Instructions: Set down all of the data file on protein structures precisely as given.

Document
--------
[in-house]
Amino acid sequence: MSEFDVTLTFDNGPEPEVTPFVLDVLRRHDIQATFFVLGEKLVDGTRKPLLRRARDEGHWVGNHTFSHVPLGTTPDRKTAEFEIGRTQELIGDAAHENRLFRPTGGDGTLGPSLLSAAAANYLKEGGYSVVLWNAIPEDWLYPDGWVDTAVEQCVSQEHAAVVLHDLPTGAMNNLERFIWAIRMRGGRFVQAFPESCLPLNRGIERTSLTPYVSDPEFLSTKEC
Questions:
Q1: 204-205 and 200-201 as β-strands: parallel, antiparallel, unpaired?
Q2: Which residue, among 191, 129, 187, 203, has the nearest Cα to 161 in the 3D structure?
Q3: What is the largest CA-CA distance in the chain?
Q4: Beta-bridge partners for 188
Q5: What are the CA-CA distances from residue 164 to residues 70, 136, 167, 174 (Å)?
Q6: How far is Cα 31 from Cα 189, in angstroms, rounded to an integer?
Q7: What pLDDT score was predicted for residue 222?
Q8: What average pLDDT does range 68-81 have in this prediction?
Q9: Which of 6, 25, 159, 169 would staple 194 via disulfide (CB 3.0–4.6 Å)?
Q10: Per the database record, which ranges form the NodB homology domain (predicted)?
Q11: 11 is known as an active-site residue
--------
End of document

[in-house]
Amino acid sequence: MSEFDVTLTFDNGPEPEVTPFVLDVLRRHDIQATFFVLGEKLVDGTRKPLLRRARDEGHWVGNHTFSHVPLGTTPDRKTAEFEIGRTQELIGDAAHENRLFRPTGGDGTLGPSLLSAAAANYLKEGGYSVVLWNAIPEDWLYPDGWVDTAVEQCVSQEHAAVVLHDLPTGAMNNLERFIWAIRMRGGRFVQAFPESCLPLNRGIERTSLTPYVSDPEFLSTKEC
Questions:
Q1: 204-205 and 200-201 as β-strands: parallel, antiparallel, unpaired?
Q2: Which residue, among 191, 129, 187, 203, has the nearest Cα to 161 in the 3D structure?
Q3: What is the largest CA-CA distance in the chain?
Q4: Beta-bridge partners for 188
Q5: What are the CA-CA distances from residue 164 to residues 70, 136, 167, 174 (Å)?
Q6: How far is Cα 31 from Cα 189, in angstroms, rounded to an integer?
Q7: What pLDDT score was predicted for residue 222?
Q8: What average pLDDT does range 68-81 have in this prediction?
Q9: Which of 6, 25, 159, 169 would staple 194 via disulfide (CB 3.0–4.6 Å)?
Q10: Per the database record, which ranges form the NodB homology domain (predicted)?
Q11: 11 is known as an active-site residue